by Bob Whitesel D.Min. Ph.D., 7/17/17.
Students often ask me if I will read their papers before they are due and give them feedback. Though I would like to do this, it is impractical because fairness would dictate I offer this to all students. In essence I would be grading their papers twice: a rough draft and a final draft.
But, I have structured many of my courses so that students do write rough drafts. Yet of course, I can’t do this all the time and for every assignment. Therefore in the syllabus I outline in significant detail the requirements for all assignments.
Here are a six areas that I have noticed students inadvertently lose points on their submissions.
First, reread the syllabus instructions carefully. Notice the various “sections” required in the paper and make sure all of the sections of the paper are included. I often find students err by overlooking a section that it is required in the syllabus.
Second, review the paper for APA compliance. Make sure you have an abstract and that you use appendices for extra material, process models, figures and charts. Also make sure that the abstract is like an executive summary: e.g. something you could give to your denominational leader as an “executive summary” of the entire paper. Be sure this is not a introduction. An abstract should also tell your conclusions. Also watch APA formatting in punctuation, the somewhat limited use of footnotes, parenthetical citation’s, etc.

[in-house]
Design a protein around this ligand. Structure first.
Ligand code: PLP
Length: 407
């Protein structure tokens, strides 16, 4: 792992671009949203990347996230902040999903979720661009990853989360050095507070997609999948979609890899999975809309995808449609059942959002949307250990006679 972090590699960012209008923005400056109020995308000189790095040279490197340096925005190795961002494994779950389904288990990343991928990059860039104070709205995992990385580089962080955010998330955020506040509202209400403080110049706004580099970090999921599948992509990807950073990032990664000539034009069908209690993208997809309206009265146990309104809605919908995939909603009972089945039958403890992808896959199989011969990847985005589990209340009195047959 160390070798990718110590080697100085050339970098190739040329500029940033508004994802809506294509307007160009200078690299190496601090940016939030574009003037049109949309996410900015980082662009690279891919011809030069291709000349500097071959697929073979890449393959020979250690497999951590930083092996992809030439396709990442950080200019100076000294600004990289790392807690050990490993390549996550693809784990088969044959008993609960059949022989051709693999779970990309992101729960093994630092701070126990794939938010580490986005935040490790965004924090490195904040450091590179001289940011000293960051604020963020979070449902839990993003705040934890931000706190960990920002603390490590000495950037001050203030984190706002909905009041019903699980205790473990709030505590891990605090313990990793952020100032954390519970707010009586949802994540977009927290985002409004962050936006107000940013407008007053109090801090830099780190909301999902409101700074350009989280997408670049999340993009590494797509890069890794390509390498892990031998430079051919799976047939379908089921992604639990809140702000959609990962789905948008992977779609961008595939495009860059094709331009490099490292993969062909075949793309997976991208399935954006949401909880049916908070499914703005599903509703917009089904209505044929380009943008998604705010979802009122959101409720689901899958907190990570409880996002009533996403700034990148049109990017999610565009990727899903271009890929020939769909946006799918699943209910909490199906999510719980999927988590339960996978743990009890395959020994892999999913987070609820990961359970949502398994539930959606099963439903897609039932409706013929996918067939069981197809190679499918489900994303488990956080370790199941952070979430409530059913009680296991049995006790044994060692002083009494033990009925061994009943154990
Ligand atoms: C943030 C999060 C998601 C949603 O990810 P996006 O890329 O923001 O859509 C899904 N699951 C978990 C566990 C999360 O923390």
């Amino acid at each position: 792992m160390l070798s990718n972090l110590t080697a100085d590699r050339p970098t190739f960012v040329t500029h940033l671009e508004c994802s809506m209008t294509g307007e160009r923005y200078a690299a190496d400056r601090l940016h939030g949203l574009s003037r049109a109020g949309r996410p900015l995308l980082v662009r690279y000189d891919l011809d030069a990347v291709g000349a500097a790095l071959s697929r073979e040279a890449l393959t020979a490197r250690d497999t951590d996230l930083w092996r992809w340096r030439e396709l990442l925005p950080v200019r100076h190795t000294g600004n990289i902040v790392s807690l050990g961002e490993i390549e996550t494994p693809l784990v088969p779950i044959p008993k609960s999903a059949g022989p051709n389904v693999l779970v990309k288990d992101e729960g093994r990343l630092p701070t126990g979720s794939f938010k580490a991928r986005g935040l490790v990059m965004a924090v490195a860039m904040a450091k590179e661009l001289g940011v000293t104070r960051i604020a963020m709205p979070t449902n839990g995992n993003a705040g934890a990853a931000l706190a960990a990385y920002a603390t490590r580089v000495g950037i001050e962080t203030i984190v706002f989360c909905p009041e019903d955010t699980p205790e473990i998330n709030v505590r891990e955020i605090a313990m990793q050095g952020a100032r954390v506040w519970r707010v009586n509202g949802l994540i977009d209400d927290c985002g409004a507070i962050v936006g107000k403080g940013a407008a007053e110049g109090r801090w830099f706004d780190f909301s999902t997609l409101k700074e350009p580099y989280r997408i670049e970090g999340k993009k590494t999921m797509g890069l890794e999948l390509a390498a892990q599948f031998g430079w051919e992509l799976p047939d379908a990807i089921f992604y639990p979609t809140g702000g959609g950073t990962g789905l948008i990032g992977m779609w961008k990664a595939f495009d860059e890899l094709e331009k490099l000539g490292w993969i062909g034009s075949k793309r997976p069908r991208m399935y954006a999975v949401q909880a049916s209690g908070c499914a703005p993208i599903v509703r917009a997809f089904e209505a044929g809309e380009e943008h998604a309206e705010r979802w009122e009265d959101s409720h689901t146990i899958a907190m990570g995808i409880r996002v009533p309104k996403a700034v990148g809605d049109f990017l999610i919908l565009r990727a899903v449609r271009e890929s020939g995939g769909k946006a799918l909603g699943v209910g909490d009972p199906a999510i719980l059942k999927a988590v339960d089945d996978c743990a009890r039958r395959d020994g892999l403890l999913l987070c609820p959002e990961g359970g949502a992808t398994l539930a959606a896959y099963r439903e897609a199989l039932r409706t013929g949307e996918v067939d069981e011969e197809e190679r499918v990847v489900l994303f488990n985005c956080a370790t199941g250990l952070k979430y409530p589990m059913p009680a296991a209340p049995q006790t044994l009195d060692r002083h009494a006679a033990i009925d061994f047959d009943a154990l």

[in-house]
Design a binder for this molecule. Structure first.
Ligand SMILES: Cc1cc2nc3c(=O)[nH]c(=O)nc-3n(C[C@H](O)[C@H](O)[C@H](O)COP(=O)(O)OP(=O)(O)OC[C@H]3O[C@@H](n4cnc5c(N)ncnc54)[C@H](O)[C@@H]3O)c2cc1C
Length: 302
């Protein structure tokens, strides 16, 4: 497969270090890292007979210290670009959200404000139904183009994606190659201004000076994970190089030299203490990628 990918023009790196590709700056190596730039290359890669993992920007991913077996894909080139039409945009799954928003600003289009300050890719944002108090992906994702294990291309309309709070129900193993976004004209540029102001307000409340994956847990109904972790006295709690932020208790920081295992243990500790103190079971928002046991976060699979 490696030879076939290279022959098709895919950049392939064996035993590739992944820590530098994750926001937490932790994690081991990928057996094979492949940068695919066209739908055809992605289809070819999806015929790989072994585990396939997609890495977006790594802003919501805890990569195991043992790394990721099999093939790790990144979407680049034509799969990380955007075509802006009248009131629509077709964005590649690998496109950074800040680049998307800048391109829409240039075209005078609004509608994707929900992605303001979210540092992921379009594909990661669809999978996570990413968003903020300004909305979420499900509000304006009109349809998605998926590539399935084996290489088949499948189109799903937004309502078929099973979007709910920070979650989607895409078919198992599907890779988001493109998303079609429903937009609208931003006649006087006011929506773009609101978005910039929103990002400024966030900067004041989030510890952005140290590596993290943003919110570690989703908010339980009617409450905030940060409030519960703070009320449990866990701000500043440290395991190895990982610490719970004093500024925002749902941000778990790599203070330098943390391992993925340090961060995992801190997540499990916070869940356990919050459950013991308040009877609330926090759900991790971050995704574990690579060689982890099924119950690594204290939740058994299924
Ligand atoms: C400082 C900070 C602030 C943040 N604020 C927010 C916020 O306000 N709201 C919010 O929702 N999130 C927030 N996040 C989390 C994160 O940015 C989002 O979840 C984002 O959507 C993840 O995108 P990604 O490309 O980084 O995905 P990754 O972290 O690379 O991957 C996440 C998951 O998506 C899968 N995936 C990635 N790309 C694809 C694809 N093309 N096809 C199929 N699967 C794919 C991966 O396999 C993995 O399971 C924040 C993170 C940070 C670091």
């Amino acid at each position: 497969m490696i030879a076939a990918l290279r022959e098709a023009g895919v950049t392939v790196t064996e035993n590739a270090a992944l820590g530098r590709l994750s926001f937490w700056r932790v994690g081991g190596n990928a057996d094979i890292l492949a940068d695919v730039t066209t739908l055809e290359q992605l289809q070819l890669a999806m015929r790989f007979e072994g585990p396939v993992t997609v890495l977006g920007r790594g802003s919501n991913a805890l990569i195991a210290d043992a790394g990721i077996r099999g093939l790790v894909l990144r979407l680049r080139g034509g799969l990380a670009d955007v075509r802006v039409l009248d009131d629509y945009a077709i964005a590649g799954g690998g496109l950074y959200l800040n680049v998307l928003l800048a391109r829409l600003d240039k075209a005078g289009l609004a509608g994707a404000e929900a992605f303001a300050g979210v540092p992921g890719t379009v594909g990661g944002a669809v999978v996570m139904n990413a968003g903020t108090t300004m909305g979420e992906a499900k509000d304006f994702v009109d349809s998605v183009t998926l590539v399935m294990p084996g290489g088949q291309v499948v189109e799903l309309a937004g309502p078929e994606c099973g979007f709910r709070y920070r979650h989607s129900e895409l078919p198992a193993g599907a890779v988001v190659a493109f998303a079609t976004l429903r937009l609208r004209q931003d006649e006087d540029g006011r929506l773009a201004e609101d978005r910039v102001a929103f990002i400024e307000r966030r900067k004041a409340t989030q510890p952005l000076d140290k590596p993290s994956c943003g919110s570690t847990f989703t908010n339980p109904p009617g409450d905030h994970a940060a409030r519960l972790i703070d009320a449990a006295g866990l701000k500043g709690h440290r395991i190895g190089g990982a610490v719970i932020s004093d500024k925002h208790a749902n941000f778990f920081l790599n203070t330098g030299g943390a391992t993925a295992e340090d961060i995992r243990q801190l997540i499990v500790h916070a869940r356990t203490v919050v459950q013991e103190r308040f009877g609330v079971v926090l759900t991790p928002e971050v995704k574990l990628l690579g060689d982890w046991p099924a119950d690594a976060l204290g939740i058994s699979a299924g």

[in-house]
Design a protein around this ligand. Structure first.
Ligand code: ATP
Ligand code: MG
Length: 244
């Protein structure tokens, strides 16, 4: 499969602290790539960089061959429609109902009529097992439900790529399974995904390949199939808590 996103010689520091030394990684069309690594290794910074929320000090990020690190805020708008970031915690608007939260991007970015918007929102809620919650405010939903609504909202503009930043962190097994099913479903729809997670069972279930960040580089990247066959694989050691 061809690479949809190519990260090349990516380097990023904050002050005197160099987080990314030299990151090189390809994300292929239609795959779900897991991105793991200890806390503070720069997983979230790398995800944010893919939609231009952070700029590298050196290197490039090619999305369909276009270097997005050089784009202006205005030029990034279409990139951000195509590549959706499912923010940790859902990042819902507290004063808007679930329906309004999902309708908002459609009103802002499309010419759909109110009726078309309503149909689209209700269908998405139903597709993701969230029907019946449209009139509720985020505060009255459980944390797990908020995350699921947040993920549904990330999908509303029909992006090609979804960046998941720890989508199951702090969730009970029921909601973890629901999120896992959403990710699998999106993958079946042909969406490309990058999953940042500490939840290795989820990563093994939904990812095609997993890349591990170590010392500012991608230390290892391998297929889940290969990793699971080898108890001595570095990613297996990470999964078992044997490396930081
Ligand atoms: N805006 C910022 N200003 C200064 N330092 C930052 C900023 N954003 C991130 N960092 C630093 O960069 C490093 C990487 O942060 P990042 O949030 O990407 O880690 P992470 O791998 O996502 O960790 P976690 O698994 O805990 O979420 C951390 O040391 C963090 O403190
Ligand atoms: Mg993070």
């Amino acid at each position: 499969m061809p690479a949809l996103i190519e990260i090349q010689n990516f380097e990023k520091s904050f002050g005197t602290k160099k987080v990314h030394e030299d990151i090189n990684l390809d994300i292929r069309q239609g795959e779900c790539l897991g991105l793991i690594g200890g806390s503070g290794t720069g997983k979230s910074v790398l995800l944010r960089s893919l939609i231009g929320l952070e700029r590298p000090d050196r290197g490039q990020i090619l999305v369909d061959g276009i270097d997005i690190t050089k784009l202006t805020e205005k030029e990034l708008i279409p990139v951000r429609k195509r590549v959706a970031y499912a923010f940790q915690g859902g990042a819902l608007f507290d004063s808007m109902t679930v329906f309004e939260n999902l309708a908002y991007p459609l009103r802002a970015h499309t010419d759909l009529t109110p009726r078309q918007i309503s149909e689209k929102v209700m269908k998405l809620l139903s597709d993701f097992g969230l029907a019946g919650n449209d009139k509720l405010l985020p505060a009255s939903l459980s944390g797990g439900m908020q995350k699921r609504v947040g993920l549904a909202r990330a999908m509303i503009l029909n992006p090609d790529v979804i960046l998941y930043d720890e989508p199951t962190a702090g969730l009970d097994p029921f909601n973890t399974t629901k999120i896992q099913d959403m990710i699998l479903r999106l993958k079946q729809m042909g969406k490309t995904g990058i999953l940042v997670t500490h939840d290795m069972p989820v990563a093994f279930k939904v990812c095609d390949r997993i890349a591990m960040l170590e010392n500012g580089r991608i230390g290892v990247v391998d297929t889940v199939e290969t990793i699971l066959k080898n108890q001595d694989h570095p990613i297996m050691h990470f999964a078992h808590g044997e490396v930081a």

Third, make sure your paper reflects a significant percentage of the books and articles you have read in preparation for the course. If you’re required to read 2000 pages for a course, then probably at least half (and most likely more) of those readings would be relevant to your paper. They should therefore may their way into the paper with citations.
Four, when you use sources make sure that you just don’t use them once. Sometimes it can feel like students are trying to puff-up a paper by using one citation from each book in order to include more books. But if the books you are reading are relevant to your topic, then they will be relevant in your paper at many different points. Therefore most references will occur in citations at multiple points in the paper.
Five, be sure and check your grammar. You can use the online grammar checker called Grammarly to check your paper. So make sure your grammar is correct, for though you only you lose a percentage of a point due to grammar, recurring grammatical mistakes increase that loss.
Six, be sure and check the naming conventions (as described in the syllabus) for the title of your paper and the title of your file. Thus, not only should the paper have an APA compliant header (with the paper title and page number) but your “file name” should also meet the naming convention described in the syllabus. This will help you and the professor keep your hard work sorted correctly.
I hope this helps you in your learning journey. I know students understand that while I can’t give feedback on papers before they are due, the instructions I have outlined in detail in the syllabus will help towards that end.